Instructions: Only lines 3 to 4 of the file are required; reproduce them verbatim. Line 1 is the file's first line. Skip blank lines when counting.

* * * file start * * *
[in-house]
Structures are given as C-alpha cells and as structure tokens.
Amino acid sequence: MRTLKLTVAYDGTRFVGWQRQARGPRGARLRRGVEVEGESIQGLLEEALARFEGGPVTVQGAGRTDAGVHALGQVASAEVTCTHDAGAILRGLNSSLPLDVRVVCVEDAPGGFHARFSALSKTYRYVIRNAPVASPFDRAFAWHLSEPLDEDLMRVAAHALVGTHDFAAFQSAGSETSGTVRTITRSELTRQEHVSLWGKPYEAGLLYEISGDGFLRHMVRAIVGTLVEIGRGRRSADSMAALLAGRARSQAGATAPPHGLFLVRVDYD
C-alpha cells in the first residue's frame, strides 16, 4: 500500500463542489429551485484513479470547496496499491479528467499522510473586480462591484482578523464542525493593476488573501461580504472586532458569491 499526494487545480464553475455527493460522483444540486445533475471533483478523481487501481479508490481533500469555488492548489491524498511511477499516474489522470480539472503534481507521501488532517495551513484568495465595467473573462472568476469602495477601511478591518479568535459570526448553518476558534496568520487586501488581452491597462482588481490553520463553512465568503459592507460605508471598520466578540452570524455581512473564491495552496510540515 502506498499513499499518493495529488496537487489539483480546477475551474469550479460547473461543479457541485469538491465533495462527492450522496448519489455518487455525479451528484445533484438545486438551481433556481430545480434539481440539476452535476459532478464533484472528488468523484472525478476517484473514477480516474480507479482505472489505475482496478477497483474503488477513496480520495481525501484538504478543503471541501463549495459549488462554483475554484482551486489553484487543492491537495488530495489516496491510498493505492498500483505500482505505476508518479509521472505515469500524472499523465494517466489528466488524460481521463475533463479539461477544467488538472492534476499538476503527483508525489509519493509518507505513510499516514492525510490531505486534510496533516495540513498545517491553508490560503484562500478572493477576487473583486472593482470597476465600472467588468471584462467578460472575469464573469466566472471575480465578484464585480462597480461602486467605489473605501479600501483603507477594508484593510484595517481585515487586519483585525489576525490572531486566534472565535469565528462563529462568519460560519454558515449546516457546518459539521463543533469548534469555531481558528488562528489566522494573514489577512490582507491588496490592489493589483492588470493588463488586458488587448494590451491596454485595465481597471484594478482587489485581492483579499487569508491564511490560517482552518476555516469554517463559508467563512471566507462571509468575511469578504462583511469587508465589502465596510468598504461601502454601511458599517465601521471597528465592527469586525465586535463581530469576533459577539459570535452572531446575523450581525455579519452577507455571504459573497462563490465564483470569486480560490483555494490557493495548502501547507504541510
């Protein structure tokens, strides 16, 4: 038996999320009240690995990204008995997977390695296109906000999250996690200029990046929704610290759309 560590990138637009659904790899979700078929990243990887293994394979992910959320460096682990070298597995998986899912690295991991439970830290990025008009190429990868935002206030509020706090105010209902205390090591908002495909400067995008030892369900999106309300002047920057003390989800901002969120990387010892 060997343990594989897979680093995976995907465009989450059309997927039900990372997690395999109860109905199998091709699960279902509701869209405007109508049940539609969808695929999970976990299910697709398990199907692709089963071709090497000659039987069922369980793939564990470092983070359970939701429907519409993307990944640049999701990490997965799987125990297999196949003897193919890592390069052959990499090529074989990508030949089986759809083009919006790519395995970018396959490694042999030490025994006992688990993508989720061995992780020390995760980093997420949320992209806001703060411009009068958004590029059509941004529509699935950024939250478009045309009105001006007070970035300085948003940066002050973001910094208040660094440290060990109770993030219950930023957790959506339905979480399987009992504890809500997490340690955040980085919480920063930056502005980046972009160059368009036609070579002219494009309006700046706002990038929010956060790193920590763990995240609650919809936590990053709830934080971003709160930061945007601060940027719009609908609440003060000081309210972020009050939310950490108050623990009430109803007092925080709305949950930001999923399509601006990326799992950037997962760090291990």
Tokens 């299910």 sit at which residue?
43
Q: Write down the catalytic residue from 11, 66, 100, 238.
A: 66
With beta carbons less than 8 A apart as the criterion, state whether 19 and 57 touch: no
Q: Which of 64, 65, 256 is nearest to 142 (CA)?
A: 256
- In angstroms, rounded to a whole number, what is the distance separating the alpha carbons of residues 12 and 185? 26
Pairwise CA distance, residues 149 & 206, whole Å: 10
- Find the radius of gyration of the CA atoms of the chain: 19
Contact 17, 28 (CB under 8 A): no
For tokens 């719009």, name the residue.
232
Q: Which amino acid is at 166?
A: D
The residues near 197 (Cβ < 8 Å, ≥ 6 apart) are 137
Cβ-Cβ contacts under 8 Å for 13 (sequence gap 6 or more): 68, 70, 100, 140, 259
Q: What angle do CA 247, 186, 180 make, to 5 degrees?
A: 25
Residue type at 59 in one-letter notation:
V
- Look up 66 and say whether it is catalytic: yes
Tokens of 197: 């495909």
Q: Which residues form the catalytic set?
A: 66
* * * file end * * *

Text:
Amino acid sequence: MRTLKLTVAYDGTRFVGWQRQARGPRGARLRRGVEVEGESIQGLLEEALARFEGGPVTVQGAGRTDAGVHALGQVASAEVTCTHDAGAILRGLNSSLPLDVRVVCVEDAPGGFHARFSALSKTYRYVIRNAPVASPFDRAFAWHLSEPLDEDLMRVAAHALVGTHDFAAFQSAGSETSGTVRTITRSELTRQEHVSLWGKPYEAGLLYEISGDGFLRHMVRAIVGTLVEIGRGRRSADSMAALLAGRARSQAGATAPPHGLFLVRVDYD
C-alpha cells in the first residue's frame, strides 16, 4: 500500500463542489429551485484513479470547496496499491479528467499522510473586480462591484482578523464542525493593476488573501461580504472586532458569491 499526494487545480464553475455527493460522483444540486445533475471533483478523481487501481479508490481533500469555488492548489491524498511511477499516474489522470480539472503534481507521501488532517495551513484568495465595467473573462472568476469602495477601511478591518479568535459570526448553518476558534496568520487586501488581452491597462482588481490553520463553512465568503459592507460605508471598520466578540452570524455581512473564491495552496510540515 502506498499513499499518493495529488496537487489539483480546477475551474469550479460547473461543479457541485469538491465533495462527492450522496448519489455518487455525479451528484445533484438545486438551481433556481430545480434539481440539476452535476459532478464533484472528488468523484472525478476517484473514477480516474480507479482505472489505475482496478477497483474503488477513496480520495481525501484538504478543503471541501463549495459549488462554483475554484482551486489553484487543492491537495488530495489516496491510498493505492498500483505500482505505476508518479509521472505515469500524472499523465494517466489528466488524460481521463475533463479539461477544467488538472492534476499538476503527483508525489509519493509518507505513510499516514492525510490531505486534510496533516495540513498545517491553508490560503484562500478572493477576487473583486472593482470597476465600472467588468471584462467578460472575469464573469466566472471575480465578484464585480462597480461602486467605489473605501479600501483603507477594508484593510484595517481585515487586519483585525489576525490572531486566534472565535469565528462563529462568519460560519454558515449546516457546518459539521463543533469548534469555531481558528488562528489566522494573514489577512490582507491588496490592489493589483492588470493588463488586458488587448494590451491596454485595465481597471484594478482587489485581492483579499487569508491564511490560517482552518476555516469554517463559508467563512471566507462571509468575511469578504462583511469587508465589502465596510468598504461601502454601511458599517465601521471597528465592527469586525465586535463581530469576533459577539459570535452572531446575523450581525455579519452577507455571504459573497462563490465564483470569486480560490483555494490557493495548502501547507504541510